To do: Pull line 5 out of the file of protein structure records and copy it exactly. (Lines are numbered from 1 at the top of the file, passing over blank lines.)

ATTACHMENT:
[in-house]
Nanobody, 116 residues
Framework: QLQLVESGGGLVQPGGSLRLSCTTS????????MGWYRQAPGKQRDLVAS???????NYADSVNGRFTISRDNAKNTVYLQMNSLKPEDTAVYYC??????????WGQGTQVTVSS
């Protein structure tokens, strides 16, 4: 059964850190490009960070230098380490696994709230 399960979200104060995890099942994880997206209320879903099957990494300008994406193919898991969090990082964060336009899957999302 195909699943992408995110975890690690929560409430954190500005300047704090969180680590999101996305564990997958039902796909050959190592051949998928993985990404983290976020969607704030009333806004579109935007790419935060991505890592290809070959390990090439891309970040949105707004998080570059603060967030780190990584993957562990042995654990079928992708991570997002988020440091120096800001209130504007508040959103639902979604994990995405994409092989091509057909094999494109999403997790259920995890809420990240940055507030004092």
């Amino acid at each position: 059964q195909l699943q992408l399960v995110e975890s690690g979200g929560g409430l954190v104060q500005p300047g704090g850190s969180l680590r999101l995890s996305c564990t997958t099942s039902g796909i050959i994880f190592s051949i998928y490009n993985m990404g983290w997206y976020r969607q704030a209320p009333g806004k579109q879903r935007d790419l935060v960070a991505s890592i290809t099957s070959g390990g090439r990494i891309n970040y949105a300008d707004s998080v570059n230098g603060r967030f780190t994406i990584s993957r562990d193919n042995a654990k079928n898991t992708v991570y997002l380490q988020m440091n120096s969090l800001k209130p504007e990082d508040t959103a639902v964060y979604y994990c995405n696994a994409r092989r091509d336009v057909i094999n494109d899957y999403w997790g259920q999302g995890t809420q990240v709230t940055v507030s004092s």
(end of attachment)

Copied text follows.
């Amino acid at each position: 059964q195909l699943q992408l399960v995110e975890s690690g979200g929560g409430l954190v104060q500005p300047g704090g850190s969180l680590r999101l995890s996305c564990t997958t099942s039902g796909i050959i994880f190592s051949i998928y490009n993985m990404g983290w997206y976020r969607q704030a209320p009333g806004k579109q879903r935007d790419l935060v960070a991505s890592i290809t099957s070959g390990g090439r990494i891309n970040y949105a300008d707004s998080v570059n230098g603060r967030f780190t994406i990584s993957r562990d193919n042995a654990k079928n898991t992708v991570y997002l380490q988020m440091n120096s969090l800001k209130p504007e990082d508040t959103a639902v964060y979604y994990c995405n696994a994409r092989r091509d336009v057909i094999n494109d899957y999403w997790g259920q999302g995890t809420q990240v709230t940055v507030s004092s």